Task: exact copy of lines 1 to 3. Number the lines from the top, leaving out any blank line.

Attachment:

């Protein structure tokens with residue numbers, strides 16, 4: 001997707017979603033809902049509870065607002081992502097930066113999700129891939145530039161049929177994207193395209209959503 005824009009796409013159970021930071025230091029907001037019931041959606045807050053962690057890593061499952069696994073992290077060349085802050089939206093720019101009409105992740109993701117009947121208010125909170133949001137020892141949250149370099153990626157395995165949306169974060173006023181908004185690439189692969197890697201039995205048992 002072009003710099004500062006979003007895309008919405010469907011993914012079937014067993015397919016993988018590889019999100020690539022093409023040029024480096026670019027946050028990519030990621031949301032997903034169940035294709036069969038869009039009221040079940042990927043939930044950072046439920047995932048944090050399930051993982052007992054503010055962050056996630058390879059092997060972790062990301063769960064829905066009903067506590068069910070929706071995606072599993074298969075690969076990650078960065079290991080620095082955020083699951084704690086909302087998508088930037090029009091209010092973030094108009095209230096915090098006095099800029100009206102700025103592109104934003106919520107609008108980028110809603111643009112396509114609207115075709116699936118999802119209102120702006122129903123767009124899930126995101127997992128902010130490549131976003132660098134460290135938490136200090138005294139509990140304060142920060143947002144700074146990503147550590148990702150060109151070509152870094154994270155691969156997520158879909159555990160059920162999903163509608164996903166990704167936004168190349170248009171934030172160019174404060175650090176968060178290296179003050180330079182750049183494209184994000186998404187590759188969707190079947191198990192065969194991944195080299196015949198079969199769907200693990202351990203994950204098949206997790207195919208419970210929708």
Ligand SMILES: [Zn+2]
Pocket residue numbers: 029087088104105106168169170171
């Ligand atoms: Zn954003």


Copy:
């Protein structure tokens with residue numbers, strides 16, 4: 001997707017979603033809902049509870065607002081992502097930066113999700129891939145530039161049929177994207193395209209959503 005824009009796409013159970021930071025230091029907001037019931041959606045807050053962690057890593061499952069696994073992290077060349085802050089939206093720019101009409105992740109993701117009947121208010125909170133949001137020892141949250149370099153990626157395995165949306169974060173006023181908004185690439189692969197890697201039995205048992 002072009003710099004500062006979003007895309008919405010469907011993914012079937014067993015397919016993988018590889019999100020690539022093409023040029024480096026670019027946050028990519030990621031949301032997903034169940035294709036069969038869009039009221040079940042990927043939930044950072046439920047995932048944090050399930051993982052007992054503010055962050056996630058390879059092997060972790062990301063769960064829905066009903067506590068069910070929706071995606072599993074298969075690969076990650078960065079290991080620095082955020083699951084704690086909302087998508088930037090029009091209010092973030094108009095209230096915090098006095099800029100009206102700025103592109104934003106919520107609008108980028110809603111643009112396509114609207115075709116699936118999802119209102120702006122129903123767009124899930126995101127997992128902010130490549131976003132660098134460290135938490136200090138005294139509990140304060142920060143947002144700074146990503147550590148990702150060109151070509152870094154994270155691969156997520158879909159555990160059920162999903163509608164996903166990704167936004168190349170248009171934030172160019174404060175650090176968060178290296179003050180330079182750049183494209184994000186998404187590759188969707190079947191198990192065969194991944195080299196015949198079969199769907200693990202351990203994950204098949206997790207195919208419970210929708």
Ligand SMILES: [Zn+2]
Pocket residue numbers: 029087088104105106168169170171